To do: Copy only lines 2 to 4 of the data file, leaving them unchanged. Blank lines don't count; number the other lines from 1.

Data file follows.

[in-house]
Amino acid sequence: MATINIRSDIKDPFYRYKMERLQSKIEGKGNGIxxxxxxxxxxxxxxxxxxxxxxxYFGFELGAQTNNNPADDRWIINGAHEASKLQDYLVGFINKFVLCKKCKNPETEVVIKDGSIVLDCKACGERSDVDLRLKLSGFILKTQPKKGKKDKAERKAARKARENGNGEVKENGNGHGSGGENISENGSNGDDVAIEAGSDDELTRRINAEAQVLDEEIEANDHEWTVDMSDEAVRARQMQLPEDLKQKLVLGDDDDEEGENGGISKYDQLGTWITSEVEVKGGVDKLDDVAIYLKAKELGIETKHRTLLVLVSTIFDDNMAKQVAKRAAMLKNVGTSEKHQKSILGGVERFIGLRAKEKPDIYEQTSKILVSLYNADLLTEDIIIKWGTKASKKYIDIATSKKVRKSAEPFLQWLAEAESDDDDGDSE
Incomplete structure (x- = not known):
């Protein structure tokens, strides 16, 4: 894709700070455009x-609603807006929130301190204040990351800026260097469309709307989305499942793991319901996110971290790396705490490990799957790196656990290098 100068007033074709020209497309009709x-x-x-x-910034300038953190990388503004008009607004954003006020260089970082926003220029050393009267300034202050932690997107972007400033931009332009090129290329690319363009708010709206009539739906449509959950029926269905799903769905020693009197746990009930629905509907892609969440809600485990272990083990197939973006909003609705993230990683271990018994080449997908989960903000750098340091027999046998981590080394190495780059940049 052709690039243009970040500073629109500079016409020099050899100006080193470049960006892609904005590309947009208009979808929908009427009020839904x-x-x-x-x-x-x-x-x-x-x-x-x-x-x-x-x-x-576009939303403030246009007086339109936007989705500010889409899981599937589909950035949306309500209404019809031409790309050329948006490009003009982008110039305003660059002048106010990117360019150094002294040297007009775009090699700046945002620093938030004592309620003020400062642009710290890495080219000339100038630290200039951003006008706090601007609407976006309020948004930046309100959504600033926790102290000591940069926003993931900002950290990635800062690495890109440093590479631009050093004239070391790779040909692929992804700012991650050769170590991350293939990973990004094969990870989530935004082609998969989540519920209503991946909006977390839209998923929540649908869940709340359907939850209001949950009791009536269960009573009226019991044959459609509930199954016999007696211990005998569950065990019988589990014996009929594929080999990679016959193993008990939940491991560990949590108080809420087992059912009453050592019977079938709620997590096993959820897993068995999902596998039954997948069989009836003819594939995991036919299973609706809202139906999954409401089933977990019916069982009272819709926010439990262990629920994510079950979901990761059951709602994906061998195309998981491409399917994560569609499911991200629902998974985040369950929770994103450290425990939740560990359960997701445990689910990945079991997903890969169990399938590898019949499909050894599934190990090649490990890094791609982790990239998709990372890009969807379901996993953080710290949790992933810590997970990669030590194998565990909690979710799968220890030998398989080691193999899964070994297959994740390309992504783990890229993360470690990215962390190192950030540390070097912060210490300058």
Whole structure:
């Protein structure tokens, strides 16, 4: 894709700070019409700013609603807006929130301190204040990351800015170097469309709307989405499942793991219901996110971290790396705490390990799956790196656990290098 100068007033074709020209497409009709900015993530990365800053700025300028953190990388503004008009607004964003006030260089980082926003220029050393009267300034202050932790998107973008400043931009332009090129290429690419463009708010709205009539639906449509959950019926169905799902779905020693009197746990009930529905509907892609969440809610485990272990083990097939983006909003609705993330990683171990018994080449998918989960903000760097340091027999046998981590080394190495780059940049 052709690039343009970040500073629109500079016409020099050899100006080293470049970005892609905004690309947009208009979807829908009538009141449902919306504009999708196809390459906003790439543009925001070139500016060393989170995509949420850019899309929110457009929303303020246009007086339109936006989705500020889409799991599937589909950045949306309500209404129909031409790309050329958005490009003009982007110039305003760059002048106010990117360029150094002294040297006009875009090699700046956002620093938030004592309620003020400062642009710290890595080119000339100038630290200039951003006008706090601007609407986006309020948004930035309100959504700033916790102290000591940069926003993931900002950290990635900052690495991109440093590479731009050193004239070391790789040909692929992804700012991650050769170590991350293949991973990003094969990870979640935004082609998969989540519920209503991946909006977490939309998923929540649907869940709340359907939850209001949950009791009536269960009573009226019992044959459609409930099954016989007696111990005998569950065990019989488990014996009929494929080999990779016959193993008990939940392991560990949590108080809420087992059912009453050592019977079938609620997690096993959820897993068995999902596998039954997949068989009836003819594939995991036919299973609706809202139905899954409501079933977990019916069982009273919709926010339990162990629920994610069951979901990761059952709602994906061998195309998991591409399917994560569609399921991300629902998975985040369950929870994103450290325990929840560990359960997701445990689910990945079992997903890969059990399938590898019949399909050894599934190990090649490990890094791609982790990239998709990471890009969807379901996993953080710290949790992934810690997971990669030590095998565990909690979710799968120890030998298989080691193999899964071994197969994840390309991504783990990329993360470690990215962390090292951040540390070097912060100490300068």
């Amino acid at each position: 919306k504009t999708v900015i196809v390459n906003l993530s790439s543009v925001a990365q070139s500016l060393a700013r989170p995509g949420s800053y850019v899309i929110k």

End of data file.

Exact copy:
Amino acid sequence: MATINIRSDIKDPFYRYKMERLQSKIEGKGNGIxxxxxxxxxxxxxxxxxxxxxxxYFGFELGAQTNNNPADDRWIINGAHEASKLQDYLVGFINKFVLCKKCKNPETEVVIKDGSIVLDCKACGERSDVDLRLKLSGFILKTQPKKGKKDKAERKAARKARENGNGEVKENGNGHGSGGENISENGSNGDDVAIEAGSDDELTRRINAEAQVLDEEIEANDHEWTVDMSDEAVRARQMQLPEDLKQKLVLGDDDDEEGENGGISKYDQLGTWITSEVEVKGGVDKLDDVAIYLKAKELGIETKHRTLLVLVSTIFDDNMAKQVAKRAAMLKNVGTSEKHQKSILGGVERFIGLRAKEKPDIYEQTSKILVSLYNADLLTEDIIIKWGTKASKKYIDIATSKKVRKSAEPFLQWLAEAESDDDDGDSE
Incomplete structure (x- = not known):
């Protein structure tokens, strides 16, 4: 894709700070455009x-609603807006929130301190204040990351800026260097469309709307989305499942793991319901996110971290790396705490490990799957790196656990290098 100068007033074709020209497309009709x-x-x-x-910034300038953190990388503004008009607004954003006020260089970082926003220029050393009267300034202050932690997107972007400033931009332009090129290329690319363009708010709206009539739906449509959950029926269905799903769905020693009197746990009930629905509907892609969440809600485990272990083990197939973006909003609705993230990683271990018994080449997908989960903000750098340091027999046998981590080394190495780059940049 052709690039243009970040500073629109500079016409020099050899100006080193470049960006892609904005590309947009208009979808929908009427009020839904x-x-x-x-x-x-x-x-x-x-x-x-x-x-x-x-x-x-576009939303403030246009007086339109936007989705500010889409899981599937589909950035949306309500209404019809031409790309050329948006490009003009982008110039305003660059002048106010990117360019150094002294040297007009775009090699700046945002620093938030004592309620003020400062642009710290890495080219000339100038630290200039951003006008706090601007609407976006309020948004930046309100959504600033926790102290000591940069926003993931900002950290990635800062690495890109440093590479631009050093004239070391790779040909692929992804700012991650050769170590991350293939990973990004094969990870989530935004082609998969989540519920209503991946909006977390839209998923929540649908869940709340359907939850209001949950009791009536269960009573009226019991044959459609509930199954016999007696211990005998569950065990019988589990014996009929594929080999990679016959193993008990939940491991560990949590108080809420087992059912009453050592019977079938709620997590096993959820897993068995999902596998039954997948069989009836003819594939995991036919299973609706809202139906999954409401089933977990019916069982009272819709926010439990262990629920994510079950979901990761059951709602994906061998195309998981491409399917994560569609499911991200629902998974985040369950929770994103450290425990939740560990359960997701445990689910990945079991997903890969169990399938590898019949499909050894599934190990090649490990890094791609982790990239998709990372890009969807379901996993953080710290949790992933810590997970990669030590194998565990909690979710799968220890030998398989080691193999899964070994297959994740390309992504783990890229993360470690990215962390190192950030540390070097912060210490300058």